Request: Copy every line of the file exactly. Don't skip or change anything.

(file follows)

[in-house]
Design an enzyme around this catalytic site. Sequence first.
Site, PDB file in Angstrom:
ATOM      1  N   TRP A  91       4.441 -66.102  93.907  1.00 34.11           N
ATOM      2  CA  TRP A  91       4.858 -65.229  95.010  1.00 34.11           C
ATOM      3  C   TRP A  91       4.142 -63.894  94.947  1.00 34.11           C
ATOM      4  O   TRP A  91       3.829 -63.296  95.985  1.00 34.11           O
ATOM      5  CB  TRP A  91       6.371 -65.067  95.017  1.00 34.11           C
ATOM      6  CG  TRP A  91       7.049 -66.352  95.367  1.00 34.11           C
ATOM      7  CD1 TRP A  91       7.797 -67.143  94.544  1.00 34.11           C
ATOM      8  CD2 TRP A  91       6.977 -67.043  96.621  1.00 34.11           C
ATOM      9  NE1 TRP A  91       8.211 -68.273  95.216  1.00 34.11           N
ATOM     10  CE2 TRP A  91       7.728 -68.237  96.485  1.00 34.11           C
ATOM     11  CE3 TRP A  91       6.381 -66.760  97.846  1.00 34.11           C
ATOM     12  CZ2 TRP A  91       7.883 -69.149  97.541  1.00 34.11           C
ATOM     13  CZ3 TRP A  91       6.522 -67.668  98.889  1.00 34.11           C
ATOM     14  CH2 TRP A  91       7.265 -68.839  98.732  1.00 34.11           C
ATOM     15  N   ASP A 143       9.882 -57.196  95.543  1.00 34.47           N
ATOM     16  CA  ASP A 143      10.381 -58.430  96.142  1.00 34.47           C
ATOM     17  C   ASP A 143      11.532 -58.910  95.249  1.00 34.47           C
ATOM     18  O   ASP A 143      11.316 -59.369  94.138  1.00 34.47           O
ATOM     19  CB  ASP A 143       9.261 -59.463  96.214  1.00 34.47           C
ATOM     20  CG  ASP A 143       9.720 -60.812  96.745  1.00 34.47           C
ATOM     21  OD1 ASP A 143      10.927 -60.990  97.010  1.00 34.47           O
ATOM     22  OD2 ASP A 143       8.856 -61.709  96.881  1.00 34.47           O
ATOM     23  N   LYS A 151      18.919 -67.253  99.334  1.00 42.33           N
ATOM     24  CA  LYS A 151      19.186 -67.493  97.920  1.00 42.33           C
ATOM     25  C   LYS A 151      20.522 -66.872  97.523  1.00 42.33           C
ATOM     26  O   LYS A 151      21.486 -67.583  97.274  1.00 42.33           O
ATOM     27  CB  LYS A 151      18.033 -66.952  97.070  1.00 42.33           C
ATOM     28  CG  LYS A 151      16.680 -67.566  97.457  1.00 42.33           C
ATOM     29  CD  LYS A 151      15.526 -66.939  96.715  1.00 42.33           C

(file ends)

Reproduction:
[in-house]
Design an enzyme around this catalytic site. Sequence first.
Site, PDB file in Angstrom:
ATOM      1  N   TRP A  91       4.441 -66.102  93.907  1.00 34.11           N
ATOM      2  CA  TRP A  91       4.858 -65.229  95.010  1.00 34.11           C
ATOM      3  C   TRP A  91       4.142 -63.894  94.947  1.00 34.11           C
ATOM      4  O   TRP A  91       3.829 -63.296  95.985  1.00 34.11           O
ATOM      5  CB  TRP A  91       6.371 -65.067  95.017  1.00 34.11           C
ATOM      6  CG  TRP A  91       7.049 -66.352  95.367  1.00 34.11           C
ATOM      7  CD1 TRP A  91       7.797 -67.143  94.544  1.00 34.11           C
ATOM      8  CD2 TRP A  91       6.977 -67.043  96.621  1.00 34.11           C
ATOM      9  NE1 TRP A  91       8.211 -68.273  95.216  1.00 34.11           N
ATOM     10  CE2 TRP A  91       7.728 -68.237  96.485  1.00 34.11           C
ATOM     11  CE3 TRP A  91       6.381 -66.760  97.846  1.00 34.11           C
ATOM     12  CZ2 TRP A  91       7.883 -69.149  97.541  1.00 34.11           C
ATOM     13  CZ3 TRP A  91       6.522 -67.668  98.889  1.00 34.11           C
ATOM     14  CH2 TRP A  91       7.265 -68.839  98.732  1.00 34.11           C
ATOM     15  N   ASP A 143       9.882 -57.196  95.543  1.00 34.47           N
ATOM     16  CA  ASP A 143      10.381 -58.430  96.142  1.00 34.47           C
ATOM     17  C   ASP A 143      11.532 -58.910  95.249  1.00 34.47           C
ATOM     18  O   ASP A 143      11.316 -59.369  94.138  1.00 34.47           O
ATOM     19  CB  ASP A 143       9.261 -59.463  96.214  1.00 34.47           C
ATOM     20  CG  ASP A 143       9.720 -60.812  96.745  1.00 34.47           C
ATOM     21  OD1 ASP A 143      10.927 -60.990  97.010  1.00 34.47           O
ATOM     22  OD2 ASP A 143       8.856 -61.709  96.881  1.00 34.47           O
ATOM     23  N   LYS A 151      18.919 -67.253  99.334  1.00 42.33           N
ATOM     24  CA  LYS A 151      19.186 -67.493  97.920  1.00 42.33           C
ATOM     25  C   LYS A 151      20.522 -66.872  97.523  1.00 42.33           C
ATOM     26  O   LYS A 151      21.486 -67.583  97.274  1.00 42.33           O
ATOM     27  CB  LYS A 151      18.033 -66.952  97.070  1.00 42.33           C
ATOM     28  CG  LYS A 151      16.680 -67.566  97.457  1.00 42.33           C
ATOM     29  CD  LYS A 151      15.526 -66.939  96.715  1.00 42.33           C